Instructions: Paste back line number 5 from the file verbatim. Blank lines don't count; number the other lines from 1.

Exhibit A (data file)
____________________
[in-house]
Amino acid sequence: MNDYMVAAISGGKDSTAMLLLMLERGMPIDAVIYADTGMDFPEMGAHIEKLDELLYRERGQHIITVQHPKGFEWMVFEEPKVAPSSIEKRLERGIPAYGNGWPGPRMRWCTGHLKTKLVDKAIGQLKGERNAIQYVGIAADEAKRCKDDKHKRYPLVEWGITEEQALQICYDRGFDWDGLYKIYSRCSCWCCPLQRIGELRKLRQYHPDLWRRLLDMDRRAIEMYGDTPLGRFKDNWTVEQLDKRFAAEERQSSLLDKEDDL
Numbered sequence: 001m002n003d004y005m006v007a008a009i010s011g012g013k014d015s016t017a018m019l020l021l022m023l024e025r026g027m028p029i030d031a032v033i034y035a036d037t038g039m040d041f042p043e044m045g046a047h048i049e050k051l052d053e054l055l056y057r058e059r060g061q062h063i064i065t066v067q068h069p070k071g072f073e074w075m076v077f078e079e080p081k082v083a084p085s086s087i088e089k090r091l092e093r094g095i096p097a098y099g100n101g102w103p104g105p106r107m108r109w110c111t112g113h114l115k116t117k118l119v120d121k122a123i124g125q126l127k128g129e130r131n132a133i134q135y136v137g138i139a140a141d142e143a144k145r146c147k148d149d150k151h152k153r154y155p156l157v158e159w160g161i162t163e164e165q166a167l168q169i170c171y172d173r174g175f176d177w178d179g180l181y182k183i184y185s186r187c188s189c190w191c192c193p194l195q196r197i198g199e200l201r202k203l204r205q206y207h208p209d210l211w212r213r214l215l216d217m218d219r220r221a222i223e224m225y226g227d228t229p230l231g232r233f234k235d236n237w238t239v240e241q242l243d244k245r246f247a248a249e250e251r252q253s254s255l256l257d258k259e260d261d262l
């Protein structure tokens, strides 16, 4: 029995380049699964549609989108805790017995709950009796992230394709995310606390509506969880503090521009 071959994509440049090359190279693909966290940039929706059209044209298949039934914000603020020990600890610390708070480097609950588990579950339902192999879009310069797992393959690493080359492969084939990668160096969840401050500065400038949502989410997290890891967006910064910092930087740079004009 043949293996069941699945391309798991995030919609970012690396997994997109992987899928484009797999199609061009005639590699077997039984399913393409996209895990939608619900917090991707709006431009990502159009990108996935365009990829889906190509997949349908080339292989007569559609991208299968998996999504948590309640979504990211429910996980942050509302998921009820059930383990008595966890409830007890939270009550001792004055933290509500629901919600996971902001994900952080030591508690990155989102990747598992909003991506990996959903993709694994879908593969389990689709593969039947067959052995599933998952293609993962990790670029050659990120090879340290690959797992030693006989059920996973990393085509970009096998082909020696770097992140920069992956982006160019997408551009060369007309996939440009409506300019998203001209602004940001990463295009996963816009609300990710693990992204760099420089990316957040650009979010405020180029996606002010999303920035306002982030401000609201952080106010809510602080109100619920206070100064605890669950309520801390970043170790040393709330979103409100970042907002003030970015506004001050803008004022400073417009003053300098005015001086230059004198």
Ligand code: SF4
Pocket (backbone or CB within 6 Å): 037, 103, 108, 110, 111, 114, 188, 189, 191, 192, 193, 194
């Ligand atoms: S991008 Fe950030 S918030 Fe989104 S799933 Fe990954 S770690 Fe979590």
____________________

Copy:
Ligand code: SF4